The first childbirth ritual is the process that a new mother, the 'mlechell', goes through  during after the birth of her first born child.  A mlechell drinks herbal medicines to cleanse her body and make her strong and healthy. She begins her Omesurch (hot bath ritual), which usually takes place one to three months after giving birth, that lasts for several days, depending upon her clan. On the last day of this ritual she goes through an herbal steam bath called Omengat. The Omesurch and Omengat cleanse and heal the mlechells’ body. Each clan uses different combinations of plants. The final presentation is the last process when the mlechell is prepared for presentation to her husband’s family. Her body is coated with 'reng' (coconut oil and ginger mixture) giving her a glowing appearance. She is adorned with her family’s traditional grass skirt, headdress, and body ornaments. A Palauan money is placed around her neck by her husband’s family. The ceremony symbolizes her transition into motherhood and establishes a bond between the two families.

Kesiamel [Osmoxylon trunctum] tree bear bright orange flowers which is used as part of headdress decoration for a young woman, the mlechell, going through the first birth ceremony. The headdress and body ornaments are very important part of the first birth ceremony. The headdress can consist of many flowers, plants, turtle shell, and bird feathers which has association to the mlechell's clan.

Rebotel 'Syzygium samarangense' is a tree up to 15m tall. Its leaves are boiled and used at least twice a day for the duration of the hot bath.

A special room is prepared usually with bamboo floor and fresh coconut woven mat for the hot bath. A skilled woman who has knowledge of local medicine and the right techniques gives the hot bath to the mlechell.

The mlechell is covered in ginger [Curcuma longa] infused coconut oil during the hot bath ceremony which usually last between 4 to 10 days depending on clan protocols.

Hot bath is a healing and joyous occasion for the whole family of the mlechell. Women cook taro while men prepare fish and other food for the final presentation of the mlechell.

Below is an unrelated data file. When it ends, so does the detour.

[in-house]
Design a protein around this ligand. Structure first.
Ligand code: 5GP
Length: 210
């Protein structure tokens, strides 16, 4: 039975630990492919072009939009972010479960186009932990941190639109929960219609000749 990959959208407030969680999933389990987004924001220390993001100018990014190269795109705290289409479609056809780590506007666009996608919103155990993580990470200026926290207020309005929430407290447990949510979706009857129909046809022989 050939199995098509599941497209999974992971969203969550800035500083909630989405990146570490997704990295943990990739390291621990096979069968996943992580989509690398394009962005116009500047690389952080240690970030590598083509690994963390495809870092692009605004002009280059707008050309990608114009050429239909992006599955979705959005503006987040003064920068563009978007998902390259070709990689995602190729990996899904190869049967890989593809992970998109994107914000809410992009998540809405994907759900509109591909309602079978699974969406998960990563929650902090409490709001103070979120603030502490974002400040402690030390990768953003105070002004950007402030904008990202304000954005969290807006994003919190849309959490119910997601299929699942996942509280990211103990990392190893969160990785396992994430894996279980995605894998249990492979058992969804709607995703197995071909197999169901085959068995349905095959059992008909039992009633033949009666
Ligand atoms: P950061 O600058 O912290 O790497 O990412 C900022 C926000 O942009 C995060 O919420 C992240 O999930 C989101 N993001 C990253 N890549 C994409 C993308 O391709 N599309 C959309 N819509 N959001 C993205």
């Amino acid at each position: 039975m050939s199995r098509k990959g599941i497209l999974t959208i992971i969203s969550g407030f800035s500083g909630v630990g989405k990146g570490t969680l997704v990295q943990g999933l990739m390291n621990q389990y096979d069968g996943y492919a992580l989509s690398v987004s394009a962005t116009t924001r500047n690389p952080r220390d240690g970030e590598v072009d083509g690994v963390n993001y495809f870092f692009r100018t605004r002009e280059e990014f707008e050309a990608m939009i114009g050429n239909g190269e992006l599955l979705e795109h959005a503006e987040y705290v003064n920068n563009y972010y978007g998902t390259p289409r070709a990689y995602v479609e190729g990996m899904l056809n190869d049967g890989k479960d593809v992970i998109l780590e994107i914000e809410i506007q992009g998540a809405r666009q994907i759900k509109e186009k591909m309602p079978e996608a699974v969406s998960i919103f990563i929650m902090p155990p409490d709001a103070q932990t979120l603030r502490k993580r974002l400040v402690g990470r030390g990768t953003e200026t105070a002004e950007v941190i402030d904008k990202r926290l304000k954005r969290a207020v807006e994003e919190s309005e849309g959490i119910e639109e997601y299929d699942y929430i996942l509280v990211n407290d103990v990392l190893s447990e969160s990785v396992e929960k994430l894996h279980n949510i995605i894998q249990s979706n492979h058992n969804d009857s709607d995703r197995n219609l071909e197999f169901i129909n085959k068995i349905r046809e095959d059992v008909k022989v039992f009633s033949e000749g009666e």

On the final day of the hot bath ritual a pot filled with medicinal plants is prepared for the final steaming, ongat, of the young mother before her final presentation to her husbands family.

A steaming hut, bliukel, is prepared for the mlechell to take her final steaming and complete her healing process.

Food preparation and presentation is an important part of the first birth ceremony.

The mlechell uses a traditional skirt made of Hibiscus tiliaceus (chermall) or Ambroma augusta (lab) fiber that bears the family or clan color; she is prepared with the clan headdress and body ornaments for her hair and body.

Pandanus tectorius 'ongor ra ked' is grown on the savanna grassland in Palau. Its mature fruit and fragrant smelling flower 'baiei' is used in the steaming and sometimes as part of the headress a mlechell.

Coconut oil mixed with Curcuma longa 'telab' is rubbed on the skin of a mlechell for healing and protection purposes.

Mengidabrutkoel, a spider-demigod, is attributed to the first natural birth in Palau. A chedalkikii, A chedalkikii, A chedil a di koiei ma ngalek a di koiei! (Praise! Praise! The mother lives and the child lives!)

Credits: Story

Co-Sponsors: U.S. National Park Service, Department of Interior; Bureau of Cultural and Historical Preservation/Palau Historical Preservation Office; Belau National Museum; Ministry of Community and Cultural Affairs

Photo Credit: Ann H. Kitalong, Meked Besebes, Sholeh Hanser, Ann K. Singeo, Patrick Tellei, and Faustina K. Rehuher-Marugg

Reviewers: Mrs. Olympia E. Morei-Remengesau (Director of Belau National Museum (BNM)); Ms. Sunny Ngirmang (Director of Bureau of Cultural and Historical Preservation/Palau Historical Preservation Office (BCHP)); Calvin Emesiochel (Deputy Director, BCHP) Ann H. Kitalong (Natural History, BNM); Naito Soaladoab (Botanist, BNM); Marciana Telmetang (Collections Manager, BNM; Kiblas Soaladaob (National Coordinator, SGP/GEF; Loyola Darius (Instructor, Palau Community College); Hermana Ramarui (Poet, Retired Educator)

Ditek el Dung er Uchob Chant by: Dirruchob Kloulechad

ICHCAP Online Exhibition Project Coordinator: Meked Besbes (Cultural Anthropologist/Ethnography, BCHP)

Credits: All media
The story featured may in some cases have been created by an independent third party and may not always represent the views of the institutions, listed below, who have supplied the content.